New leaves are extremely susceptible to damage, so be very careful.
Next up is increasing the temperature.
Often, this goes hand in hand with increasing the light, since the sun, as well as being very bright, is also very hot (I’m full of information, me).
But just as often, it’s cool in the shade.
Don’t try to move your Monstera near to a radiator or anything, but if it’s in a cool, lower light spot inside, moving it to warmer, sunnier window may help the leaves to unfurl more quickly.
Why is my leaf going brown before unfurling?
Firstly, check for pests. In fact, if you suspect you have pests, check the new growth first. They always hang out there.
A lot of pests LOVE new growth and are attracted to it, but also if the new growth is damaged, pests that are attracted to damage (hey, thrips) rock up.
You see, plants that are damaged release hormones into the air that say ‘AAAAAAH I’M DAMAGED HAAAAAAALP’.
Alas, help does not arrive. Pests do.
I assume there’s another reason plants release these hormones, but I don’t know what it is.
In the wild, this is fine. Plants also release hormones that say ‘AAAAAAAH I’M BEING EATEN HAAAAAALP’ and pestivorous insects turn up.
This doesn’t happen inside very often (though you can buy ladybird larvae etc).
So yeah, check for pests.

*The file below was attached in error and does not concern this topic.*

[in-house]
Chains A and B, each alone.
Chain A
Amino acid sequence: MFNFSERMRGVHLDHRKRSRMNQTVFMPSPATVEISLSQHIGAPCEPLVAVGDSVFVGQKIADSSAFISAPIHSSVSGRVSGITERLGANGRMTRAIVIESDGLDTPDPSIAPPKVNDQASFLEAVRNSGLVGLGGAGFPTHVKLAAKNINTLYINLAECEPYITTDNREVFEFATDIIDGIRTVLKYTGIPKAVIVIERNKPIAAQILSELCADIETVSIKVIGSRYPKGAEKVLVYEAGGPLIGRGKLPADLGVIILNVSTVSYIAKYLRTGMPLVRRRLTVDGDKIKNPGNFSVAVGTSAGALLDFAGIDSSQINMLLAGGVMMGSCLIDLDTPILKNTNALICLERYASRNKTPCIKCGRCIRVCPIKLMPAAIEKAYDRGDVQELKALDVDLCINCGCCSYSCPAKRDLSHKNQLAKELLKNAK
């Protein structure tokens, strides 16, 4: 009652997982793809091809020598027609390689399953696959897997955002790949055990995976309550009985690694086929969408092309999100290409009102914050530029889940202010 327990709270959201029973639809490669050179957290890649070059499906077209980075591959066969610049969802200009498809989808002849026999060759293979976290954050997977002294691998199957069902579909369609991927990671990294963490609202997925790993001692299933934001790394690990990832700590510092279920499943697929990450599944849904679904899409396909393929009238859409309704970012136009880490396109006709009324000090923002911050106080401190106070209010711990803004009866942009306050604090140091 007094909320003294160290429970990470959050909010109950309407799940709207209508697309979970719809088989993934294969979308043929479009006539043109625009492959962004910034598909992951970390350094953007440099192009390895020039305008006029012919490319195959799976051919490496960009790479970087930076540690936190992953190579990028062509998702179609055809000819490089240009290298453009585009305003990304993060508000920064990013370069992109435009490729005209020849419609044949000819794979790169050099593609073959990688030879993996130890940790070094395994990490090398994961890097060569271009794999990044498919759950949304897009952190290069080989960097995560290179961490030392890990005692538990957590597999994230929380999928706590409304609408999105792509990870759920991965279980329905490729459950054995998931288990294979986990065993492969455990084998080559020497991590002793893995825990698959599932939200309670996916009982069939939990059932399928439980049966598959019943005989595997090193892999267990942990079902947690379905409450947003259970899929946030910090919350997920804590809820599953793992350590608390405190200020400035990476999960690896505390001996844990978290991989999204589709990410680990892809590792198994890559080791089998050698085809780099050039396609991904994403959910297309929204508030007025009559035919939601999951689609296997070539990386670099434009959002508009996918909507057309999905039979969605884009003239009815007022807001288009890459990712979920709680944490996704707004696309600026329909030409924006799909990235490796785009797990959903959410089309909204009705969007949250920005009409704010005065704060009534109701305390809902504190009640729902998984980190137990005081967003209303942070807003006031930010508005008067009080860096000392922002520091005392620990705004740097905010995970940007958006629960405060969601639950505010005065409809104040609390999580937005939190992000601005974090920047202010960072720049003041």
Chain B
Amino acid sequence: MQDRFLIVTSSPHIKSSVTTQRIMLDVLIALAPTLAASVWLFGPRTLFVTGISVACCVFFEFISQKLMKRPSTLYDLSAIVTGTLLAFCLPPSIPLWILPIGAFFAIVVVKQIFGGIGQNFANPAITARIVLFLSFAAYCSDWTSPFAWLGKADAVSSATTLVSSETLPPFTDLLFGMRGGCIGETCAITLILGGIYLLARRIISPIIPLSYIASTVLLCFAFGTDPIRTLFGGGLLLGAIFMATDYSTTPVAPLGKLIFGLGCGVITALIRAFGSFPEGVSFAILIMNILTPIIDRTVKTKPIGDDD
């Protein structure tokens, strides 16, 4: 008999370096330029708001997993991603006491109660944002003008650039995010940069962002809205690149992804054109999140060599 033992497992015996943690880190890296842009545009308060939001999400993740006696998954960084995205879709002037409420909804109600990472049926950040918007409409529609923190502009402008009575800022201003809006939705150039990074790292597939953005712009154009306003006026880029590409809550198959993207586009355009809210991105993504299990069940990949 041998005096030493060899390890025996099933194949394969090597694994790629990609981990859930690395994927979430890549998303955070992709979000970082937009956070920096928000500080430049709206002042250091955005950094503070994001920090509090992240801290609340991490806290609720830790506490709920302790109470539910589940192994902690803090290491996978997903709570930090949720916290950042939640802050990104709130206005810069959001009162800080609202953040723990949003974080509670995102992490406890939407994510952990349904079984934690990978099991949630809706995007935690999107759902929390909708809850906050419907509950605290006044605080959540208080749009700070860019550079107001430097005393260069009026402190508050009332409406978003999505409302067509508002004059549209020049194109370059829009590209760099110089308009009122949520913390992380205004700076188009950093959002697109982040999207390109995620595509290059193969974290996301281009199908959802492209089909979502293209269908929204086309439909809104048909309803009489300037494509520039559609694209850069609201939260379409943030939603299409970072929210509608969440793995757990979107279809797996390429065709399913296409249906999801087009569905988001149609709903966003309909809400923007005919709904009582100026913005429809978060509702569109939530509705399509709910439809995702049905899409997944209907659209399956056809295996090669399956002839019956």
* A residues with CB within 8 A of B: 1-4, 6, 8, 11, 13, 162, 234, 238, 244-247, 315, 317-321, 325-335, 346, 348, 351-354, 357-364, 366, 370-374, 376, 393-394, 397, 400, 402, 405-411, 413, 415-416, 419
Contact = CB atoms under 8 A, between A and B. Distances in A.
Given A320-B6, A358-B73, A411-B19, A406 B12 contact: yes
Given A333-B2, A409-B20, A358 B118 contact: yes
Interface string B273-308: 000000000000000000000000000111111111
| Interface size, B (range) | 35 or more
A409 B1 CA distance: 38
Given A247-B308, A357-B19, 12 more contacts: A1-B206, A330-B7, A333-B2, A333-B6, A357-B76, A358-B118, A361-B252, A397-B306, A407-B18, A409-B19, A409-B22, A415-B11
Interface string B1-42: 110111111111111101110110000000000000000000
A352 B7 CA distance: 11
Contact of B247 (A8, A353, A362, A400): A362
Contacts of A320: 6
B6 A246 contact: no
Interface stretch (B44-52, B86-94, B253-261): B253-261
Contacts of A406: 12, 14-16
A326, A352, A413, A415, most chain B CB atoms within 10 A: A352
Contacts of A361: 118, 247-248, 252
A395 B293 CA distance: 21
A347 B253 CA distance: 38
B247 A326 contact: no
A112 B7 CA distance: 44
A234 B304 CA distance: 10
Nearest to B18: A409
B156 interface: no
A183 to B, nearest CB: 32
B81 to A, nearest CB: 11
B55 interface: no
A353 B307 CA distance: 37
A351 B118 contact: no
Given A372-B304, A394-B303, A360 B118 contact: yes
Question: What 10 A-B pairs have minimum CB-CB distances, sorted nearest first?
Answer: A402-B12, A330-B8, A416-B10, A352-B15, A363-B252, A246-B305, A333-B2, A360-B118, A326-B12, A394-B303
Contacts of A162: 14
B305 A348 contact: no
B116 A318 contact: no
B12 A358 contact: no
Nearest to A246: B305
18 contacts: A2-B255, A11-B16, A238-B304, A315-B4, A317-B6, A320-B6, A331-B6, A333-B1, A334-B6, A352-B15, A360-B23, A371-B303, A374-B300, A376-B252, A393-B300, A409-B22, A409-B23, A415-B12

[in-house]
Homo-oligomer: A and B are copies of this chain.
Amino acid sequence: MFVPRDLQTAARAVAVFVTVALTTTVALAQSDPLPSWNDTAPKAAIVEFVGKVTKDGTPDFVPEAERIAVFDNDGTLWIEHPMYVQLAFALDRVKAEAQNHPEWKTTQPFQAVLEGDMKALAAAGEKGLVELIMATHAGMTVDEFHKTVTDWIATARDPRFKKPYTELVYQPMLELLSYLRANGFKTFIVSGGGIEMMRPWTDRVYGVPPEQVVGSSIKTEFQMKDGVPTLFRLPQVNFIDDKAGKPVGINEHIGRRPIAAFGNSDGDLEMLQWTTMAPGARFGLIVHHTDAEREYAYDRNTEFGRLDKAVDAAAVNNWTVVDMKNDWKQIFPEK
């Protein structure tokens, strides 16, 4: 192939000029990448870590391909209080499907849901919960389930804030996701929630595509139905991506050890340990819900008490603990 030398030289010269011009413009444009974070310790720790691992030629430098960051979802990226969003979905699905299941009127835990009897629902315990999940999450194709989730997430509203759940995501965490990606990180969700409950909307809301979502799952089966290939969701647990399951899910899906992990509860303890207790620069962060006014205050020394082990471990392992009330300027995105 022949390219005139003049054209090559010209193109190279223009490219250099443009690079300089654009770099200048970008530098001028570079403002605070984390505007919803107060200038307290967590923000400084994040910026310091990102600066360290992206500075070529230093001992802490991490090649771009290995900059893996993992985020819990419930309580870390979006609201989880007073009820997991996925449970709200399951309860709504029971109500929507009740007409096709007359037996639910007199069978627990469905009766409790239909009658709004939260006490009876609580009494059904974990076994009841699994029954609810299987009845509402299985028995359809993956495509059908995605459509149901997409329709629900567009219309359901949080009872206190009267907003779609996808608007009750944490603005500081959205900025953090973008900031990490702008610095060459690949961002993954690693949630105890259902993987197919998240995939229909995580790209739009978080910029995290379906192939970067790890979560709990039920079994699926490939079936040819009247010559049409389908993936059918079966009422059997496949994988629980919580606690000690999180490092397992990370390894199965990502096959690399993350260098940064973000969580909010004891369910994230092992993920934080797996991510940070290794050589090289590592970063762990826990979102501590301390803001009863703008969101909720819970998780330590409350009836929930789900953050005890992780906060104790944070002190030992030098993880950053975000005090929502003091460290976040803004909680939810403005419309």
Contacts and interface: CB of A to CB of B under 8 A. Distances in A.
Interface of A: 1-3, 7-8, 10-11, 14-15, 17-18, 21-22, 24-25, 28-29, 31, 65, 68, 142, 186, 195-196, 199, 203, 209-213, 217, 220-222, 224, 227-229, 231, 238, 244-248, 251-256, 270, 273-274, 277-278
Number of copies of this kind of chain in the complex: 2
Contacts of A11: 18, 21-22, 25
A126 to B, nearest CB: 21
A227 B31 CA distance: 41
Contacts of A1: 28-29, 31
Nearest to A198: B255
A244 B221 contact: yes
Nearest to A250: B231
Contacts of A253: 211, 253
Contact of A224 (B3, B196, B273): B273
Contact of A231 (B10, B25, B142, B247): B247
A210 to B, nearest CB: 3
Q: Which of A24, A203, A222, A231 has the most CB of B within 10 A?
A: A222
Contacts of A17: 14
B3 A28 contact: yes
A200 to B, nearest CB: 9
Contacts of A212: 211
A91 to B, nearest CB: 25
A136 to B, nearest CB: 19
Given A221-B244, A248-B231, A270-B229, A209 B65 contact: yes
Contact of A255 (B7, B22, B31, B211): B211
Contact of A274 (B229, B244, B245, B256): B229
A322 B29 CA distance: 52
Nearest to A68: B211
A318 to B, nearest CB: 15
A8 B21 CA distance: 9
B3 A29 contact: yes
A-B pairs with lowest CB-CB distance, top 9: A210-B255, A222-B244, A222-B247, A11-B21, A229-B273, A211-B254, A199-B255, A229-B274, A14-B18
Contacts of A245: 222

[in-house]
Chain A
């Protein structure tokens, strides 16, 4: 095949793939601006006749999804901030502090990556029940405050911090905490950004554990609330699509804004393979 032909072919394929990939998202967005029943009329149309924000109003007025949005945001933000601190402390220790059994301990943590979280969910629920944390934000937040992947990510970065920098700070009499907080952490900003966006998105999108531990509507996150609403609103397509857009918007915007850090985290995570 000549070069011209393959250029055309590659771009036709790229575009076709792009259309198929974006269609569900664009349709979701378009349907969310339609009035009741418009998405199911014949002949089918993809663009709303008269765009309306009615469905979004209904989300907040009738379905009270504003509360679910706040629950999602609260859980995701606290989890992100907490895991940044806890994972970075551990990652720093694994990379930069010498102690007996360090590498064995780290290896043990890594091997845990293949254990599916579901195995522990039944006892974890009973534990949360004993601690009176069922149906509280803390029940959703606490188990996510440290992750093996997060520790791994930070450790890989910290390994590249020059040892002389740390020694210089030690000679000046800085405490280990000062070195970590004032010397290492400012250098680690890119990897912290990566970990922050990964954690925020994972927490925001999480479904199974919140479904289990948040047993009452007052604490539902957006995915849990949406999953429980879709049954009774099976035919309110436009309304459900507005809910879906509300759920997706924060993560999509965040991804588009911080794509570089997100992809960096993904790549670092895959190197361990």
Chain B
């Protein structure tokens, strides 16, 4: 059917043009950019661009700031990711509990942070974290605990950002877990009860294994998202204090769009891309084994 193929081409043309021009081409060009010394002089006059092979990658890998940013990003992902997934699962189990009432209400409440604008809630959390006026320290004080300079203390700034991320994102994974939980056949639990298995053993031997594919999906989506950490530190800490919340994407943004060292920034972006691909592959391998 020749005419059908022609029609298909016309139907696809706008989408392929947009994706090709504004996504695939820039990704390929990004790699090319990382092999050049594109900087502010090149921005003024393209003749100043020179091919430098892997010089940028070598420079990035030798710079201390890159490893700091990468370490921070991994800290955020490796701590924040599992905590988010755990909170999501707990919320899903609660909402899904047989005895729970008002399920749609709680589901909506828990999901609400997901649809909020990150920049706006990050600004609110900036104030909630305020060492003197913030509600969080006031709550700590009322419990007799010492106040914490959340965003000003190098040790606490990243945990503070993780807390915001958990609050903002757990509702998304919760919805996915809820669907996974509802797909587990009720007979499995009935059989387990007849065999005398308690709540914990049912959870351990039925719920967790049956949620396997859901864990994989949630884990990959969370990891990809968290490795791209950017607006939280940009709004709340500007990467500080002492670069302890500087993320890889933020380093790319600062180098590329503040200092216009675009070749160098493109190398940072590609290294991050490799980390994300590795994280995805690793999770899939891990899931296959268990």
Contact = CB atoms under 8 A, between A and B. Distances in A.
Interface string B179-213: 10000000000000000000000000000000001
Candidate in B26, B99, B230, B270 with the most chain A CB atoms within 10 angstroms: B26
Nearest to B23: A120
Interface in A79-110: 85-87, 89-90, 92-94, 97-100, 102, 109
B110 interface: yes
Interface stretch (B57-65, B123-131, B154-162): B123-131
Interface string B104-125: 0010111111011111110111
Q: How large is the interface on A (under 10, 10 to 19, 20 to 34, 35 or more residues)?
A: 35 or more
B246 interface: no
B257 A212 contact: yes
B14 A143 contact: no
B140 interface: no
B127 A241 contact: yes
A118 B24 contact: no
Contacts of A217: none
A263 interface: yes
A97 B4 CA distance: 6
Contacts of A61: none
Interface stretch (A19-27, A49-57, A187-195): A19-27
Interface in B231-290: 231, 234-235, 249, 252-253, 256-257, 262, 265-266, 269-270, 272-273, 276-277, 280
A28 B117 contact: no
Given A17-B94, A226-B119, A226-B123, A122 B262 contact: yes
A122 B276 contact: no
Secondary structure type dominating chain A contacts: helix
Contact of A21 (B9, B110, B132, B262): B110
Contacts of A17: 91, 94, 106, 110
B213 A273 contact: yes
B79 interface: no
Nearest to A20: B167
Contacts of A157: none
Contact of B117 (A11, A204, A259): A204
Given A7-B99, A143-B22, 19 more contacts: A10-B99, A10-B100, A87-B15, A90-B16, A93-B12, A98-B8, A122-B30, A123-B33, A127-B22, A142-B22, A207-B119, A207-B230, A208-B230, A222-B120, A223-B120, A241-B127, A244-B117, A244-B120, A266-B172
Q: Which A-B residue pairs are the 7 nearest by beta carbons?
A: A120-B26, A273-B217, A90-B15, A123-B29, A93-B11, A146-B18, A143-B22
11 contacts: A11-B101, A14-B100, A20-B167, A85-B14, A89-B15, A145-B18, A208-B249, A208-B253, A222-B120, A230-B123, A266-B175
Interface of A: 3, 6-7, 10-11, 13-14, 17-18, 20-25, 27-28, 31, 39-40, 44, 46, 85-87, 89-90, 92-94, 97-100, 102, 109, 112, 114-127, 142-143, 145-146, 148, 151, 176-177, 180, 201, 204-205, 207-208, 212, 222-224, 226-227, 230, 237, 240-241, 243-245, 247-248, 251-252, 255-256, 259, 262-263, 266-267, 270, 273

Other reasons your leaves are browning before unfurling are:
- Overwatering – the leaves can guttate even when they’re young, but because they’re all curled up they end up with water getting trapped in the leaf and causing water damage and/or fungus
- Lack of nutrients – stir in some worm castings. You probably won’t be able to reverse the damage though.
- Sunburn – no leaf is immune. Either move the plant or put up a sheer curtain.
- You touched it – yeah, don’t.
Will Monstera leaves split after unfurling?
No. If your Monstera has large, fenestrated leaves, you should be able to see the fenestrations before it starts to unfurl.
Even small leaves develop splits before they unfurl, though they may still be attached at the tip until the last minute.
This means that once the leaf has unfurled (actually, probably before then), the splits it has are the only splits it’s going to get. It won’t develop any more over time.
Why you shouldn’t physically intervene with leaf unfurling
Because they can end up looking like this:
As well as the visible damage, I think the experience stunted the leaf’s growth too.